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Self-discipline is the key to creating momentum
Often it takes time to make subtle connections between two principles that seem unrelated, especially in the realm of the mind. For instance, you have momentum in a match and you have self-discipline in your practice sessions. How does one affect the other? What impact does self-discipline have in establishing momentum in a match?
If you stay with the Tennis Warrior System you will see many different connections that will help you advance your game and your thinking rapidly. It's a philosophy, a way of thinking that most of the top pros have mastered. Like anything else in life, learning will take time, patience, knowledge, and practice. To see the big picture you must understand the connection between these principles. That's why I have a website, email lessons, books, and CD's to help you begin to embrace all the dimensions of the game.
To see the vital connection between self-discipline and match momentum you must understand two principles:
- The key to tennis is consistency, the key to consistency is concentration, and the key to concentration is self-discipline.
- Consistency establishes momentum.
Since you take your mind with you wherever you go, the self-discipline you develop in your weekly practice will become a mental habit that you bring into your matches. How can this help your match play? In your practice sessions you were self-disciplined to continue practicing week after week regardless of the failures, frustrations, and obstacles. This self-discipline you enforce on yourself in practice begins improving your concentration. The key to consistency in tennis is concentration; therefore, when your concentration improves so does your consistency! You become more consistent not only in your practice sessions, but through the failures, frustrations, and obstacles of a match. As a direct result of self-discipline in your practice sessions you become more consistent in your match play. Remember, you bring your mind with you wherever you go!
Now, where does momentum in a match fit into this scenario? Well, if you have not yet figured it out, consistency establishes momentum. The consistency you have established in your practice sessions through self-discipline now helps you establish momentum through the ups and downs of match play. You learn that when you are in trouble in a match you must exert self-discipline and reestablish your consistency to get the momentum back. Consistency establishes momentum! As a bonus in your match play you will begin thinking automatically and instinctively from the habits you formed in your practice sessions.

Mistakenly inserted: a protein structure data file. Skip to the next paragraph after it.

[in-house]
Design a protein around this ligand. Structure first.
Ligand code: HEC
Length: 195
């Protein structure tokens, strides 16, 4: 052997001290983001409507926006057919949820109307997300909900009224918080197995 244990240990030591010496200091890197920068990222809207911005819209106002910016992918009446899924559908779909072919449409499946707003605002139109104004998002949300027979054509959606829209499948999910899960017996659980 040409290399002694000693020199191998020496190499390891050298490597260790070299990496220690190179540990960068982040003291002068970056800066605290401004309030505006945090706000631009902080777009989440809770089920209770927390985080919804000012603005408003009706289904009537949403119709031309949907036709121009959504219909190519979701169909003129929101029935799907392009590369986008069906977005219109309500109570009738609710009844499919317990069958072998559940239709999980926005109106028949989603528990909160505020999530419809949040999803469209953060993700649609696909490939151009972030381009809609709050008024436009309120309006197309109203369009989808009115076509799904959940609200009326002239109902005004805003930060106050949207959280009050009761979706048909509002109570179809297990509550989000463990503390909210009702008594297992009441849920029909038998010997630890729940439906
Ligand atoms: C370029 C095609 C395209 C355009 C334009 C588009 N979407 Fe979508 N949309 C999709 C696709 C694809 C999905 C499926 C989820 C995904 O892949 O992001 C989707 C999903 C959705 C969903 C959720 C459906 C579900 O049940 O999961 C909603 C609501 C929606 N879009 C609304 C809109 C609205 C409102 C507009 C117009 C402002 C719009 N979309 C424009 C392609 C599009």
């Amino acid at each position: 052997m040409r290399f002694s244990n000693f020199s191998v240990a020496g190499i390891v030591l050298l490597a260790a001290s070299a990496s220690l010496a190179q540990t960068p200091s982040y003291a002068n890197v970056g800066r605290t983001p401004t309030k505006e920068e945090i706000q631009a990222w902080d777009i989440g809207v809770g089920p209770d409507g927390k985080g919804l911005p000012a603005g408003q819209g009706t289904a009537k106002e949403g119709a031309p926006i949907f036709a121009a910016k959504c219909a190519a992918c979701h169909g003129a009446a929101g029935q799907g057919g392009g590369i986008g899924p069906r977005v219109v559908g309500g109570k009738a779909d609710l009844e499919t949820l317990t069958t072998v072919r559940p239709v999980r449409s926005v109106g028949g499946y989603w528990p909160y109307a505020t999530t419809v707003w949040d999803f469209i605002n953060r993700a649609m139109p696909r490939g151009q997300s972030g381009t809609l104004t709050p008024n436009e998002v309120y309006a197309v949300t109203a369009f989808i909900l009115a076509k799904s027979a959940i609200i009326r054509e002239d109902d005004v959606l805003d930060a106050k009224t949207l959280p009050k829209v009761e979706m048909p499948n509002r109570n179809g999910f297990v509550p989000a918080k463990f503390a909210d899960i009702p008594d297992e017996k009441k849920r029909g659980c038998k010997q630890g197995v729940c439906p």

But listen carefully, if you have not developed self-discipline through the ups and downs in your practice sessions, then in your match play your only focus will be on the failures, frustrations, and obstacles. You have not conditioned your thinking properly and gaining back momentum will be impossible.
THUS THE SELF-DISCIPLINE YOU HAVE DEVELOPED IN YOUR PRACTICE SESSIONS HAS A MAJOR IMPACT ON MOMENTUM IN YOUR MATCH PLAY.
Have you ever noticed that the best athletes in the world are the most self-disciplined? Make no mistake about it, the best athletes have not only developed their physical talents through self-discipline, but they have simultaneously molded their thought process right along with it.
You can and must do the same!
Although your week-to-week practice with repetition may seem insignificant relative to the big picture, this consistent practice has far-reaching mental implications that WILL be the difference between winning and losing a match.
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Tom is a tennis pro teaching
at the Piney Point Racquet Club in Houston, Texas. Tom
has taught thousands of players to think like a pro with
his Tennis Warrior System.
In Tom Veneziano's book "The Truth about Winning!", tennis players
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